Colts coach Chuck Pagano loves what he sees, but it's still a long way from a regular-season atmosphere.
“He's miles ahead of where he's ever been in any point since he's been here,” Pagano said Wednesday. “He has a really good grasp of the defense, whether it's dropping in coverage, rushing the pass, setting the edge in the run game, he's doing really well. We want him to keep moving in the right direction keep getting better every single day and be the guy we need him to be.”
Werner has played significant practice time at Anderson University with the first-team defense in the Colts' preparation for the four-game suspension of Mathis to open the season. And Werner's impact has been apparent in times he's reached the vicinity of the quarterback – there's no hitting the guys in the red jerseys, of course – and in the fact Werner has been knocking down passes and disrupting things.
Werner was drafted by the Colts out of Florida State in the first round (24th overall) in 2013, and touted for his pass-altering skills and general nonstop motor. He played in 13 games last season, fought some injuries, had 13 solo tackles and 2.5 sacks. In other words, his impact a year ago was minute.
Of course, a year ago Mathis was a terror on quarterbacks, setting a Colts franchise record with 19.5 sacks. That included one notable sack/strip of Manning in the Colts' win over the Broncos. The Colts didn't need Werner to contribute much.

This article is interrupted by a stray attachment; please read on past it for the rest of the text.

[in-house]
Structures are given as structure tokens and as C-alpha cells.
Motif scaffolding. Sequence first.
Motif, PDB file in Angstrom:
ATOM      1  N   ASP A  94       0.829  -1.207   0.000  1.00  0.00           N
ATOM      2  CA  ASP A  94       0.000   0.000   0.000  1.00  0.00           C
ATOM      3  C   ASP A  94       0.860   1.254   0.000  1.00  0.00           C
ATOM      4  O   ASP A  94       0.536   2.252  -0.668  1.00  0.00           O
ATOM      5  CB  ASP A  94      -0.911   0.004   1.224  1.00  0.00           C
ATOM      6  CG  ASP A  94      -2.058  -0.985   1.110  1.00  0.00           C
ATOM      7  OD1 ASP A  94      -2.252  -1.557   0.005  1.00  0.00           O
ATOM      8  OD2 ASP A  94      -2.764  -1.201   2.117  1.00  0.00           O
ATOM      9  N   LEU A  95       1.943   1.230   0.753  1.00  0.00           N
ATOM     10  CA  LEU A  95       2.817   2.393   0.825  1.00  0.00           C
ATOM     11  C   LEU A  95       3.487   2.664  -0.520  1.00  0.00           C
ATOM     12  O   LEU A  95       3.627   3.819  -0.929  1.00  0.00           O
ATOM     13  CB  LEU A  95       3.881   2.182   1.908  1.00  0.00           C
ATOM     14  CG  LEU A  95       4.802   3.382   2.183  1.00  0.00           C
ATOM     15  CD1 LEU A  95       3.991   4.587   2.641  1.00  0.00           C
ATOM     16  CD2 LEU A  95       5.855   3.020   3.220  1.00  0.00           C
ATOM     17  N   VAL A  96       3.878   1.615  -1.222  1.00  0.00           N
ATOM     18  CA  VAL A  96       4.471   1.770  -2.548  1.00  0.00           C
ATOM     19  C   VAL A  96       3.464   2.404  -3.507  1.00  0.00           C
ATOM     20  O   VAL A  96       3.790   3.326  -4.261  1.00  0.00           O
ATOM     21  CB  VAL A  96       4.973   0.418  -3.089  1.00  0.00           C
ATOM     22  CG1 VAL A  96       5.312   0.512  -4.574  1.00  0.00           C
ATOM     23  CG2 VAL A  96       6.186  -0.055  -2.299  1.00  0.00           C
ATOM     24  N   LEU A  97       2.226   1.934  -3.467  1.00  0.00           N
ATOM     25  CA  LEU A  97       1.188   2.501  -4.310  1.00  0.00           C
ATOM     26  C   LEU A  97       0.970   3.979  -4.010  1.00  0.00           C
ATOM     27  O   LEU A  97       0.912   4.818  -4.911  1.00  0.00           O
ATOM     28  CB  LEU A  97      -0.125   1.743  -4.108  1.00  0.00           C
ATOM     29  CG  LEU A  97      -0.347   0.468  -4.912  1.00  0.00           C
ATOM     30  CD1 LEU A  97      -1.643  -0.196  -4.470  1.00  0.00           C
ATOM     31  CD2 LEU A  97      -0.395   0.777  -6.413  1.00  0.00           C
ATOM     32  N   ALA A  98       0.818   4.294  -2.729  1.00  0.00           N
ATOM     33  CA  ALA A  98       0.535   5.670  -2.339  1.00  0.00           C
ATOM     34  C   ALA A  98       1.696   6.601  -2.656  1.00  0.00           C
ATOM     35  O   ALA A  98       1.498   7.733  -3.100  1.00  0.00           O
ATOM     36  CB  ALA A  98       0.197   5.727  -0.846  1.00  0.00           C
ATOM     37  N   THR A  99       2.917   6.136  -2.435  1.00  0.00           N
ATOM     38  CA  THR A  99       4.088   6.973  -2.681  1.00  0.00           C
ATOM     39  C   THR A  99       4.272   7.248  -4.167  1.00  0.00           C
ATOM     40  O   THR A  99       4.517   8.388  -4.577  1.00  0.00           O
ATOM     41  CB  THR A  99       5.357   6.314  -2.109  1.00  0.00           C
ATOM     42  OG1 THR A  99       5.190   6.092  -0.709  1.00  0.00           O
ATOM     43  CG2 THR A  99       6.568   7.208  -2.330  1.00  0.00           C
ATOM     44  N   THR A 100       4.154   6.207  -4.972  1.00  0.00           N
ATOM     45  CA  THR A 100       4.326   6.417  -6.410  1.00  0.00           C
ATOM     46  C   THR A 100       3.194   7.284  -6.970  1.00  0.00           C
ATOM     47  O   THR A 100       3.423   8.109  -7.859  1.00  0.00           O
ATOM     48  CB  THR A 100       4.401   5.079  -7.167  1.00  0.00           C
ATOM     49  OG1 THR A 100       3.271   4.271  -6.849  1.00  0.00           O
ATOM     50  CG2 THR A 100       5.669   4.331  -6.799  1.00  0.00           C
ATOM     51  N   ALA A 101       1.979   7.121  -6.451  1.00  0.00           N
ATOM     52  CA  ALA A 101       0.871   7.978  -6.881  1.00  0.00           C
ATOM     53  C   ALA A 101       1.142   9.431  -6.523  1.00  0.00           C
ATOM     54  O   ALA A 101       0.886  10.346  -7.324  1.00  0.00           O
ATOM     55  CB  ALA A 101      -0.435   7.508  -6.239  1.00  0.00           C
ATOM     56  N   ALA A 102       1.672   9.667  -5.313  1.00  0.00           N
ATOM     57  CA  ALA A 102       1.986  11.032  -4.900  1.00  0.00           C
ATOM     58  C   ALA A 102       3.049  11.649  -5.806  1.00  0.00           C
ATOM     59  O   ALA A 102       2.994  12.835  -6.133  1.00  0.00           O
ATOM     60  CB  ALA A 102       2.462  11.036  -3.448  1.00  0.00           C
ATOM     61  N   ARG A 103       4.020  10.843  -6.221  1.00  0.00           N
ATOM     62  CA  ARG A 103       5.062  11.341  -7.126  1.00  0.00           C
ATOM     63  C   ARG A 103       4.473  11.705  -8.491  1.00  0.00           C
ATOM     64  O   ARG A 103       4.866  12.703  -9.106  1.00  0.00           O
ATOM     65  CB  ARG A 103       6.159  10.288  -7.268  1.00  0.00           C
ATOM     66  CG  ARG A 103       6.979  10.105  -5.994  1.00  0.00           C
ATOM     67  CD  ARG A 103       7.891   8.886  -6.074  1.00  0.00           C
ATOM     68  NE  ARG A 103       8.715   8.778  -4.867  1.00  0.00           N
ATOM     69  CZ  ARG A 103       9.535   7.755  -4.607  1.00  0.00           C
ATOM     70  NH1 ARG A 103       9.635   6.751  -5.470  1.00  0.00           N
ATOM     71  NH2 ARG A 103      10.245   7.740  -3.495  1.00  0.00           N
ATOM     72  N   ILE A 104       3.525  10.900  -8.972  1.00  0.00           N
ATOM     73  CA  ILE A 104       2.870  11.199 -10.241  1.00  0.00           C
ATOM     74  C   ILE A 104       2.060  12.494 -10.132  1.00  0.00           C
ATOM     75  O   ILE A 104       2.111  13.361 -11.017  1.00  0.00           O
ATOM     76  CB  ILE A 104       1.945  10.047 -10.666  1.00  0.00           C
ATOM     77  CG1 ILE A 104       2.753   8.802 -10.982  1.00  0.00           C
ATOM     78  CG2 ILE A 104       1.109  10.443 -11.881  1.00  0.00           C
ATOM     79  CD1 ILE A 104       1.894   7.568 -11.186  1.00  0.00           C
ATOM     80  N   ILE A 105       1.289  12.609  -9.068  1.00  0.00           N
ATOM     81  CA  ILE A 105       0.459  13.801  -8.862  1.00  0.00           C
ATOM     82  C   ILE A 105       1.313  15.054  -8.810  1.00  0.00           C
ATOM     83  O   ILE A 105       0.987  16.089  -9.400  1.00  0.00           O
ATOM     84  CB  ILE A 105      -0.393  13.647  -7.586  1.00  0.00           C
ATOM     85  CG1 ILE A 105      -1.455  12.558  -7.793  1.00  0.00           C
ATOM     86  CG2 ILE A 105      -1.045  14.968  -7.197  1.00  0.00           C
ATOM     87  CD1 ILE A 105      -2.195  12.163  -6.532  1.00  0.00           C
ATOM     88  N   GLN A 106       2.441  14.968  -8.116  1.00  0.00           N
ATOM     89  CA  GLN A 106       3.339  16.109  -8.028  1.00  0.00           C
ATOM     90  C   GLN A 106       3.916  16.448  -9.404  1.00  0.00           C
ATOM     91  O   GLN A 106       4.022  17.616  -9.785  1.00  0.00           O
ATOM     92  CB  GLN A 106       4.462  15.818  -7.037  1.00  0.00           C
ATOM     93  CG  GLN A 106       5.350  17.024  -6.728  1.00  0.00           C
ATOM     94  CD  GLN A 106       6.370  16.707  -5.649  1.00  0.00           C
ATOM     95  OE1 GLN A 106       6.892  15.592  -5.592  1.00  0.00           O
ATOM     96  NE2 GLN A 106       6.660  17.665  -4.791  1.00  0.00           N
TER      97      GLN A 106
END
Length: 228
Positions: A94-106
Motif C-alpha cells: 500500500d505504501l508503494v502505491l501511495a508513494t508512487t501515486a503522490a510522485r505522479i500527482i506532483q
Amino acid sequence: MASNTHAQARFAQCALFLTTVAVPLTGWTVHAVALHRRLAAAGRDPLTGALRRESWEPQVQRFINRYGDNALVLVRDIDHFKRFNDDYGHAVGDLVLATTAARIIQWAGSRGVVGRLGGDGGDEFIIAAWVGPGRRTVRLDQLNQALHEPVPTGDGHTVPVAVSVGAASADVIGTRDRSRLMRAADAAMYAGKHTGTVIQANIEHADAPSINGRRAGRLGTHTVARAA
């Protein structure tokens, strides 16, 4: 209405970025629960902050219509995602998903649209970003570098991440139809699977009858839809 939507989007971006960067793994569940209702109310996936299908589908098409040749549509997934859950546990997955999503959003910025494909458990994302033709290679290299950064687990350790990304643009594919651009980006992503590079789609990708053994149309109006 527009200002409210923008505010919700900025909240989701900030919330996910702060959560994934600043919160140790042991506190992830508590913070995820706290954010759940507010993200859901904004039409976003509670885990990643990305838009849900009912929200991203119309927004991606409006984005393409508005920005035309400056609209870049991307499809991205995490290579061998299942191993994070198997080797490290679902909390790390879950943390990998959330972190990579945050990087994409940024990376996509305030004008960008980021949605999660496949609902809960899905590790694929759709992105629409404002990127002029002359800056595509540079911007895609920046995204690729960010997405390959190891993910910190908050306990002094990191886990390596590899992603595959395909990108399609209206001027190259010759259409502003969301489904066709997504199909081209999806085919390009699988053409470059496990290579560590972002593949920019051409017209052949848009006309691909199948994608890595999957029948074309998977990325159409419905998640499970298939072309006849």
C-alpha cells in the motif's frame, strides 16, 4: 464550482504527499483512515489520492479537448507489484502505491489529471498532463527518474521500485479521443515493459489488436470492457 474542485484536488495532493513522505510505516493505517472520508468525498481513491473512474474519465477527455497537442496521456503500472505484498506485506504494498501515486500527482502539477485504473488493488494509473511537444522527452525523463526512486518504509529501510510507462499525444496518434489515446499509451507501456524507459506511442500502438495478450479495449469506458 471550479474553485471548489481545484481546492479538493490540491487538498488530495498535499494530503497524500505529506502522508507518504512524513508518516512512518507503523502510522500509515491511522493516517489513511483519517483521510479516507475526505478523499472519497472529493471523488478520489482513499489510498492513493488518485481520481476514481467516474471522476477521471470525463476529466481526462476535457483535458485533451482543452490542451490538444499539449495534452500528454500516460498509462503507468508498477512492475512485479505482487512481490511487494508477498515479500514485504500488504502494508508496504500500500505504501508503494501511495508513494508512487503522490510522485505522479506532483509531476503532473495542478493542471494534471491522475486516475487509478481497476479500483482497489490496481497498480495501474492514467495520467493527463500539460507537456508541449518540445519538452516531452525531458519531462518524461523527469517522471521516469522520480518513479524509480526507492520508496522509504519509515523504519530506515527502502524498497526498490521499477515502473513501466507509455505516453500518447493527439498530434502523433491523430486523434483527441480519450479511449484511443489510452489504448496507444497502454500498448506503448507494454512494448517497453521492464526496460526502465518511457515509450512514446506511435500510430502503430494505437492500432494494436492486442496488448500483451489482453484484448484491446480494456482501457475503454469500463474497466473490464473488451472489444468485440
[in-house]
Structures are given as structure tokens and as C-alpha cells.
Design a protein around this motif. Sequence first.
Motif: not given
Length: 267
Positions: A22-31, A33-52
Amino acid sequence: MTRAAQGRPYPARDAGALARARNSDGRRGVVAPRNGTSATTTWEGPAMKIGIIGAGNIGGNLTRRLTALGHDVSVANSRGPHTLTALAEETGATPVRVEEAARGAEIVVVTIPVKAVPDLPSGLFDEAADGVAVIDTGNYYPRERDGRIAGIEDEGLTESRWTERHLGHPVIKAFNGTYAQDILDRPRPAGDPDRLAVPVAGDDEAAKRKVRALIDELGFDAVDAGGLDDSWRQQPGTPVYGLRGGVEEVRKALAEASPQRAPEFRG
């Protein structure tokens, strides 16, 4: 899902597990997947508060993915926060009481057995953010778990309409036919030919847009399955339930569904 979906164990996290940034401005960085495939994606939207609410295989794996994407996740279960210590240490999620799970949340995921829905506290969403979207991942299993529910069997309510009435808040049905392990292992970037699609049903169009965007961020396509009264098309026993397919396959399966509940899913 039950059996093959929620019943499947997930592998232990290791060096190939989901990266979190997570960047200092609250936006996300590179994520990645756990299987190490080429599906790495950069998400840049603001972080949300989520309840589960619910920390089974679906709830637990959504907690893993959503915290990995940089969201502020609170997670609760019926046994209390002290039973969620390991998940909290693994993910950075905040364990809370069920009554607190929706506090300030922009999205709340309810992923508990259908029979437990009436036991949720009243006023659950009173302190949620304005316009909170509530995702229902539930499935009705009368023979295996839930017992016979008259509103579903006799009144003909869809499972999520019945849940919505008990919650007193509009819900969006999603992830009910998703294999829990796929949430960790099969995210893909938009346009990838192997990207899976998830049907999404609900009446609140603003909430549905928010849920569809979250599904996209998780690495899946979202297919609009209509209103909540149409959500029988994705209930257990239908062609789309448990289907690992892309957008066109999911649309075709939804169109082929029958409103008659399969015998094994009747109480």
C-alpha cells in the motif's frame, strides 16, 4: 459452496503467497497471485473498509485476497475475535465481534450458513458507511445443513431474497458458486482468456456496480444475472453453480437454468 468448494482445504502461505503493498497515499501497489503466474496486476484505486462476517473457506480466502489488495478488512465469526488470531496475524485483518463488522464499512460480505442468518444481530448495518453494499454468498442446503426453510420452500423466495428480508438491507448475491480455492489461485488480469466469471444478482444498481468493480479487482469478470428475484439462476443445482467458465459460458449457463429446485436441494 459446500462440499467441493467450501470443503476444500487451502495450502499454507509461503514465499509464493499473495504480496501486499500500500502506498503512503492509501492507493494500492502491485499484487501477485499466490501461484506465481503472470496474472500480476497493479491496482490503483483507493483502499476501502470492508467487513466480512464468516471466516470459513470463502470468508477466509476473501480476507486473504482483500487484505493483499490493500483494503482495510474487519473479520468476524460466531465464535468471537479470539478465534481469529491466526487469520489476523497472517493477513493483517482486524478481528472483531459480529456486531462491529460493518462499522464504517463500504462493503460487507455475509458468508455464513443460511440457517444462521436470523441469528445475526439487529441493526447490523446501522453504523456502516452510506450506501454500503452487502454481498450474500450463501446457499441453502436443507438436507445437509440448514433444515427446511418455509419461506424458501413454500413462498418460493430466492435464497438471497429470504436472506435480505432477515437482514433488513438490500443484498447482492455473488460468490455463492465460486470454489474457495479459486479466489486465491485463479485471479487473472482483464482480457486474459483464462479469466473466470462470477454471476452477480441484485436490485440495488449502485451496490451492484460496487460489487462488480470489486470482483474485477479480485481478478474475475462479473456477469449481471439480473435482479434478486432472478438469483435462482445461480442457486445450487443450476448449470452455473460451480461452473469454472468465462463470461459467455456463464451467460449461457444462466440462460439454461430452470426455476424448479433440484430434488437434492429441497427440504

The Colts love the idea that Werner could step in and give them some semblance of a quality pass rush from the first snap of 2014. He seems to have reported to training camp with the mindset of doing just that. But, again, it's a controlled atmosphere at practice.
“The learning curve never stops,” Werner said. “You learn every year more and more. The more you play, the more experience you get, the more comfortable you get.”
Werner's jump in preseason play is the direct result of his offseason work, Pagano said. If there's one thing players can control out of season, it's the amount of self-driven work they put in, whether in the weight room, film room or studying the playbook.
“He put the time in and you can see the progress that he's made,” Pagano said. “None of us are surprised the jump he's made from Year 1 to Year 2.”
The question is whether Werner's training-camp play is the result of a controlled situation, with the pressure essentially nonexistent for guys who are guaranteed to be on the roster. He knows the Colts offensive tendencies from seeing them every day, even if the Colts mix up their calls.
Colts quarterback Andrew Luck gets a daily dose of Werner and likes what he sees, in terms of how Werner can help the defense.
“I think he might be the best German defensive end in the NFL,” Luck said, jokingly, a couple days ago. “He's savvy. He's got athletic sense. You see him dropping back into coverage and he covers a lot of ground. He's a big body and he has great ball instincts.”
Werner says he knows he'll need to continue to have a 24/7 learning mindset once the season arrives.
“The more you know about the offensive tackle (across from you) than he knows about you, the more edge you have going into the game,” Werner said.
The Colts need an edge from Werner, especially when Mathis is out the first four games. He's showing some promise, but practice success doesn't always guarantee a game-day delivery.